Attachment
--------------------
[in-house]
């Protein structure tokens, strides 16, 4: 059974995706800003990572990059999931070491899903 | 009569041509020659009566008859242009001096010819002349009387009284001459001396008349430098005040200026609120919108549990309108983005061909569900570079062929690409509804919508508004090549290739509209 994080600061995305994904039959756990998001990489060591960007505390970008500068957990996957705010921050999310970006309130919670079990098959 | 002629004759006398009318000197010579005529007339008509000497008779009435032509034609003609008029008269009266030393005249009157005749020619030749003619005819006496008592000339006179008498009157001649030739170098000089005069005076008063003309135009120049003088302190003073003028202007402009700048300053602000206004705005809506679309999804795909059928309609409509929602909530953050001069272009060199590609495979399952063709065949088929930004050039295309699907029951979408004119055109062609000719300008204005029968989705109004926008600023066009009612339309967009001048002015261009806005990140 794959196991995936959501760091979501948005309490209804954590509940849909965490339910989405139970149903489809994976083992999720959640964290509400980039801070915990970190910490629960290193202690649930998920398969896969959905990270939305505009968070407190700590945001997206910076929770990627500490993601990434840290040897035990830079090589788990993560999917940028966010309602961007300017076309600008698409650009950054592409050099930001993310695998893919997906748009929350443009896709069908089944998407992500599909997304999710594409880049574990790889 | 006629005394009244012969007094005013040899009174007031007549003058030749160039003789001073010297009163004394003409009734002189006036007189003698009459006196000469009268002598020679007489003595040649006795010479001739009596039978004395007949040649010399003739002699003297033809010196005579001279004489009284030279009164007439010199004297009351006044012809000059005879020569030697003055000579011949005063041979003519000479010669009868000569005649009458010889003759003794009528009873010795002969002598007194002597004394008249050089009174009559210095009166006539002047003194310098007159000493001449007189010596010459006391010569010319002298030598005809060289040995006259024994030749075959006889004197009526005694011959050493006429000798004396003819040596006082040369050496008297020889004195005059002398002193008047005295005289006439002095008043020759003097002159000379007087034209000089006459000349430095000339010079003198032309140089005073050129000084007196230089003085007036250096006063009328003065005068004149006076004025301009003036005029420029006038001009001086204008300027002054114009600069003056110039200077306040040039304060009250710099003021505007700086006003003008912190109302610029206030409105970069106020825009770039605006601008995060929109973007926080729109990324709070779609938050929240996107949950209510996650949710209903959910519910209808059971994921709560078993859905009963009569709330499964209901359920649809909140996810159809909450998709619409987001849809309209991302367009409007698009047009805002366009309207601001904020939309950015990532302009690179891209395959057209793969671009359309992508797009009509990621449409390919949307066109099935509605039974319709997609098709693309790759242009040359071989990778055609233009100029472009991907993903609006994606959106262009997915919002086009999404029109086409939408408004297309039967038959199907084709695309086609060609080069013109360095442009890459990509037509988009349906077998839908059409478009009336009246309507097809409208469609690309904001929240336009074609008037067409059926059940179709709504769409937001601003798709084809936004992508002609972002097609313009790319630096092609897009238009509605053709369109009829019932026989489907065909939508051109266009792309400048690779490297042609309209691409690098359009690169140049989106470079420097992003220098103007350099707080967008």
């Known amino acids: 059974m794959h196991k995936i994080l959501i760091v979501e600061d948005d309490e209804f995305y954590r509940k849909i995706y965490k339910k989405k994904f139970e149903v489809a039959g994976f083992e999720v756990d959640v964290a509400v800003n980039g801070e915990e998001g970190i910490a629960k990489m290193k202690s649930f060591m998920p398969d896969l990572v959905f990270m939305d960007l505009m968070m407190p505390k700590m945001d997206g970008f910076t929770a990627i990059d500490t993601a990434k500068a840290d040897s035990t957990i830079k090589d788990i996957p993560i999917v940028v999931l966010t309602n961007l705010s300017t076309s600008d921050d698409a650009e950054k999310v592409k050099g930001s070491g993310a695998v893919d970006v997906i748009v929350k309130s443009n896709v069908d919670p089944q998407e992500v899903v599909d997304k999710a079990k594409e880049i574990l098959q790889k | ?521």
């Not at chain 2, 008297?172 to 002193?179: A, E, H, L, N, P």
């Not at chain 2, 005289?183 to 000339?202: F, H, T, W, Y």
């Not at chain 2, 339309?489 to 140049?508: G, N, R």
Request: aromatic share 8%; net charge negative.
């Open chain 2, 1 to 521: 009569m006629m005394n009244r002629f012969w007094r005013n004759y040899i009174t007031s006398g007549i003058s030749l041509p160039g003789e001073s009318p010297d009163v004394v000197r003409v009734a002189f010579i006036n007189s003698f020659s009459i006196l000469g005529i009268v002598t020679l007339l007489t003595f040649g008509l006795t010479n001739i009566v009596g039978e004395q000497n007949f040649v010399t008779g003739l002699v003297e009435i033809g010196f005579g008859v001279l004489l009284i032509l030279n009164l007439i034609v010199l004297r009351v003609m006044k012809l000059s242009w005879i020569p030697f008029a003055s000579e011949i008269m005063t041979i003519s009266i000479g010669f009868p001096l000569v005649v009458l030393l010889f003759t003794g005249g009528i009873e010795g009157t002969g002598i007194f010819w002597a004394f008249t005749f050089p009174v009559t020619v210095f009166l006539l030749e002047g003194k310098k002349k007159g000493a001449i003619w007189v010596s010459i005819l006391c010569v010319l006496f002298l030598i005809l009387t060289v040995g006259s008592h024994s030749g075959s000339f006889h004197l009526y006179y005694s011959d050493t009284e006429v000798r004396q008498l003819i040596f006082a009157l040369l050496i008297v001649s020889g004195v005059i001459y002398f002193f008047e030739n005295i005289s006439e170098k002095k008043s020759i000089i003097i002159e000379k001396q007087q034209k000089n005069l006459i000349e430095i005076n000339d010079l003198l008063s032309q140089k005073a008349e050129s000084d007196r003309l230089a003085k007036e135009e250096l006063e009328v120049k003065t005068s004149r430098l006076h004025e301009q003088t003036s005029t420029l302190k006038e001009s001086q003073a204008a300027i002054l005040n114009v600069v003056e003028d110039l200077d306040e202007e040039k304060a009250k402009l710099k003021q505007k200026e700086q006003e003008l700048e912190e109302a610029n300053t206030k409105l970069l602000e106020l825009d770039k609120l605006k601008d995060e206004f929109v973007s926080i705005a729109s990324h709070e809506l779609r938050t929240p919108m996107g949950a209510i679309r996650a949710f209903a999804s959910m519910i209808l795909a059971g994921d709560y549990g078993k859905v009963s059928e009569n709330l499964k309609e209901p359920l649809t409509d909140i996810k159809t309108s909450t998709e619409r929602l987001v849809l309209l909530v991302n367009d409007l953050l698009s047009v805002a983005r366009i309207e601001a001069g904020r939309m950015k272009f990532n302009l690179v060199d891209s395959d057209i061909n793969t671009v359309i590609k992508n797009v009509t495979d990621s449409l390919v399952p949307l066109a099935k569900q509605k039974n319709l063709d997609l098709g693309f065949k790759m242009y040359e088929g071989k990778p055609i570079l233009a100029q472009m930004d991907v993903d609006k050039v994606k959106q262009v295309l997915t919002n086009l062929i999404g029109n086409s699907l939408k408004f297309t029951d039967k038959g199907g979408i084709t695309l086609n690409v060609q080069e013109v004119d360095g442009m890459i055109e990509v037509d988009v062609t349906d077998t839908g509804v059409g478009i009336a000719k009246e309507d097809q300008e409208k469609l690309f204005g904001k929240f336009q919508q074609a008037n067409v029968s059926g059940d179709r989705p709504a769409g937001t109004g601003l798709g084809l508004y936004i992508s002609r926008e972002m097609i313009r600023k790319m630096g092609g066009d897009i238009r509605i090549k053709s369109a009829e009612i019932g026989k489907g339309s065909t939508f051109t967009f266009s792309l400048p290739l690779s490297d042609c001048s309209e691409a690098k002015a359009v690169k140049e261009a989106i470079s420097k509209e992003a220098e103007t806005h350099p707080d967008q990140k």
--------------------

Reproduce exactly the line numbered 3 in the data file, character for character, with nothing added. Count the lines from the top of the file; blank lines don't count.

């Known amino acids: 059974m794959h196991k995936i994080l959501i760091v979501e600061d948005d309490e209804f995305y954590r509940k849909i995706y965490k339910k989405k994904f139970e149903v489809a039959g994976f083992e999720v756990d959640v964290a509400v800003n980039g801070e915990e998001g970190i910490a629960k990489m290193k202690s649930f060591m998920p398969d896969l990572v959905f990270m939305d960007l505009m968070m407190p505390k700590m945001d997206g970008f910076t929770a990627i990059d500490t993601a990434k500068a840290d040897s035990t957990i830079k090589d788990i996957p993560i999917v940028v999931l966010t309602n961007l705010s300017t076309s600008d921050d698409a650009e950054k999310v592409k050099g930001s070491g993310a695998v893919d970006v997906i748009v929350k309130s443009n896709v069908d919670p089944q998407e992500v899903v599909d997304k999710a079990k594409e880049i574990l098959q790889k | ?521």